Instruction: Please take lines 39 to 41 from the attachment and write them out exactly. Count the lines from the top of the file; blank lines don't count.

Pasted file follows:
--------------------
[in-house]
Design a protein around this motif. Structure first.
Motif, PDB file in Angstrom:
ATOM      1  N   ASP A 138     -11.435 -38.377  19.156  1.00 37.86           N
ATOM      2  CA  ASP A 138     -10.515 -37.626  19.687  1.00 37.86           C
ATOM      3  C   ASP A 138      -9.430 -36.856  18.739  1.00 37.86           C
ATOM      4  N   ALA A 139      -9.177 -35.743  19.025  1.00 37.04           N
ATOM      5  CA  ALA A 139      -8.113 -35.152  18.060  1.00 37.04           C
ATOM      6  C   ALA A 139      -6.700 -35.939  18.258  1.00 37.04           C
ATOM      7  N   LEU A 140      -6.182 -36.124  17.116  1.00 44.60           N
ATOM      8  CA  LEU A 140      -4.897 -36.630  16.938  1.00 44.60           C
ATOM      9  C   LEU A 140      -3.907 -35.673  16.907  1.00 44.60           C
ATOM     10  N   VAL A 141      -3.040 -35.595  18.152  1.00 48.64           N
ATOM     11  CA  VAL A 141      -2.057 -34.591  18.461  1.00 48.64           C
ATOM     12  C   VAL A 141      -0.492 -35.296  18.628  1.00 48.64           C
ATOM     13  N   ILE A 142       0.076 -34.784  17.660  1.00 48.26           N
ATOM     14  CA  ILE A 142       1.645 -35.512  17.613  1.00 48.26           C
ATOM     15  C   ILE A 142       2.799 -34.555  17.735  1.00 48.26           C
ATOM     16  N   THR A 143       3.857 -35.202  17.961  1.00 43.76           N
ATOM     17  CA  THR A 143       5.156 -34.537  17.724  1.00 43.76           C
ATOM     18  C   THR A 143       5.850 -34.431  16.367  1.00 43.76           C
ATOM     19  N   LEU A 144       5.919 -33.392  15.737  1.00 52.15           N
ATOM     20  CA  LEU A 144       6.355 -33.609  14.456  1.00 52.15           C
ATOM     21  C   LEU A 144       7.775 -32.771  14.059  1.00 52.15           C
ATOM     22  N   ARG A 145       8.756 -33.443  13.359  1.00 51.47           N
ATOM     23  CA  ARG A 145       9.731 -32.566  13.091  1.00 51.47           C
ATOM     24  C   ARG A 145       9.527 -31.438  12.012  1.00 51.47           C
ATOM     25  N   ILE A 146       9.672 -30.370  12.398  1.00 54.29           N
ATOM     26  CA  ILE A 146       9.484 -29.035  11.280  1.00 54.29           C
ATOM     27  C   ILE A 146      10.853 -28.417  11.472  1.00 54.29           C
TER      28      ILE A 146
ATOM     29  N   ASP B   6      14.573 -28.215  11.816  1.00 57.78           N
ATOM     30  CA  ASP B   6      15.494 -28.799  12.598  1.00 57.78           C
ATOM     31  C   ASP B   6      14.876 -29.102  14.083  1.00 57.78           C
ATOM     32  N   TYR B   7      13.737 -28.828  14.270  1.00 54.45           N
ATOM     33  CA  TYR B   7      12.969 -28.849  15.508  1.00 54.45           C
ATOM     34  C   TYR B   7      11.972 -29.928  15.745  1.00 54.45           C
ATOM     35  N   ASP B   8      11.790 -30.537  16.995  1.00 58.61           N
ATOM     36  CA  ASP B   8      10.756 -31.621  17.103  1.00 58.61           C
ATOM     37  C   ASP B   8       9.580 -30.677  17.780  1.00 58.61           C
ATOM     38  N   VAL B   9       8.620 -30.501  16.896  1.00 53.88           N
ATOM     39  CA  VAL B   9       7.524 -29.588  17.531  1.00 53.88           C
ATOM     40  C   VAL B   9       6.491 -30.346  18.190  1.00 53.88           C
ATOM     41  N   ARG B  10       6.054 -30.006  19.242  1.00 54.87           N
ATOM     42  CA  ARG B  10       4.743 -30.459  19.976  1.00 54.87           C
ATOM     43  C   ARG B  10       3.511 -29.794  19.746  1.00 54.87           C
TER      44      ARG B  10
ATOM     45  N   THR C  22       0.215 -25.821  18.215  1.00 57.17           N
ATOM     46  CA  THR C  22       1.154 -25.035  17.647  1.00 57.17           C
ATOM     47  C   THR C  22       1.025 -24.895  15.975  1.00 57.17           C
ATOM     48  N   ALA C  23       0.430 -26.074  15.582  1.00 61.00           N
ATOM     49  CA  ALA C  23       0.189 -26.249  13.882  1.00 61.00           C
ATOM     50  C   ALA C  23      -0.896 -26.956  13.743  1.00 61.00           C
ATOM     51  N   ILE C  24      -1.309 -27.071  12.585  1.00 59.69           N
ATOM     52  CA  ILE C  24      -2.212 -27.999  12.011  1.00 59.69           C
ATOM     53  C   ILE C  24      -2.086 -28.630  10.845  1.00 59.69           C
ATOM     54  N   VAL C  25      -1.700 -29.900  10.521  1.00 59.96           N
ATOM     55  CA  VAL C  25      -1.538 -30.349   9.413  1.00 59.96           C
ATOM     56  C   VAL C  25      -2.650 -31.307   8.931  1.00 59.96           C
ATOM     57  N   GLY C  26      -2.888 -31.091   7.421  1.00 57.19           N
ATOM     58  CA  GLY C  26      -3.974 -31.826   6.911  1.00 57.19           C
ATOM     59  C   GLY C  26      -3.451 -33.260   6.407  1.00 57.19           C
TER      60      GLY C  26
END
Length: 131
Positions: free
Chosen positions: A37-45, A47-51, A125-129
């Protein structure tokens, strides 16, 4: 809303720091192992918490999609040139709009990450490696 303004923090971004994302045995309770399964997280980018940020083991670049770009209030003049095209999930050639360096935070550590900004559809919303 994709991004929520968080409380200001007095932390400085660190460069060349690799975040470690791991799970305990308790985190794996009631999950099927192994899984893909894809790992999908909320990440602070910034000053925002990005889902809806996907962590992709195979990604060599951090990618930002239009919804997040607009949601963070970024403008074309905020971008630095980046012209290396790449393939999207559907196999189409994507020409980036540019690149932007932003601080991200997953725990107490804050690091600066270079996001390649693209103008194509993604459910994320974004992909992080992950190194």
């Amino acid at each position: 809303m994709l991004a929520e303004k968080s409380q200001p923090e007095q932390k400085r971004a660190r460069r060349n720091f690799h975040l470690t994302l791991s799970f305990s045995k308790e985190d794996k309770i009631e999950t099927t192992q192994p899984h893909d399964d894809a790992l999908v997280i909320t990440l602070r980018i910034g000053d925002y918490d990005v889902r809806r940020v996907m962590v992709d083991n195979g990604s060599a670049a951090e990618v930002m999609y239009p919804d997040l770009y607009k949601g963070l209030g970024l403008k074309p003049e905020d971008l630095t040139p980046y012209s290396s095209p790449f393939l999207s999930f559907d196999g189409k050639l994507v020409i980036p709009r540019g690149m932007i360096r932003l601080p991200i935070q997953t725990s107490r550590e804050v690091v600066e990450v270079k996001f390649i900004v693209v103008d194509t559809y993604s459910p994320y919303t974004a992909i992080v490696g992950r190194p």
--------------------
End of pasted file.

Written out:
ATOM     36  CA  ASP B   8      10.756 -31.621  17.103  1.00 58.61           C
ATOM     37  C   ASP B   8       9.580 -30.677  17.780  1.00 58.61           C
ATOM     38  N   VAL B   9       8.620 -30.501  16.896  1.00 53.88           N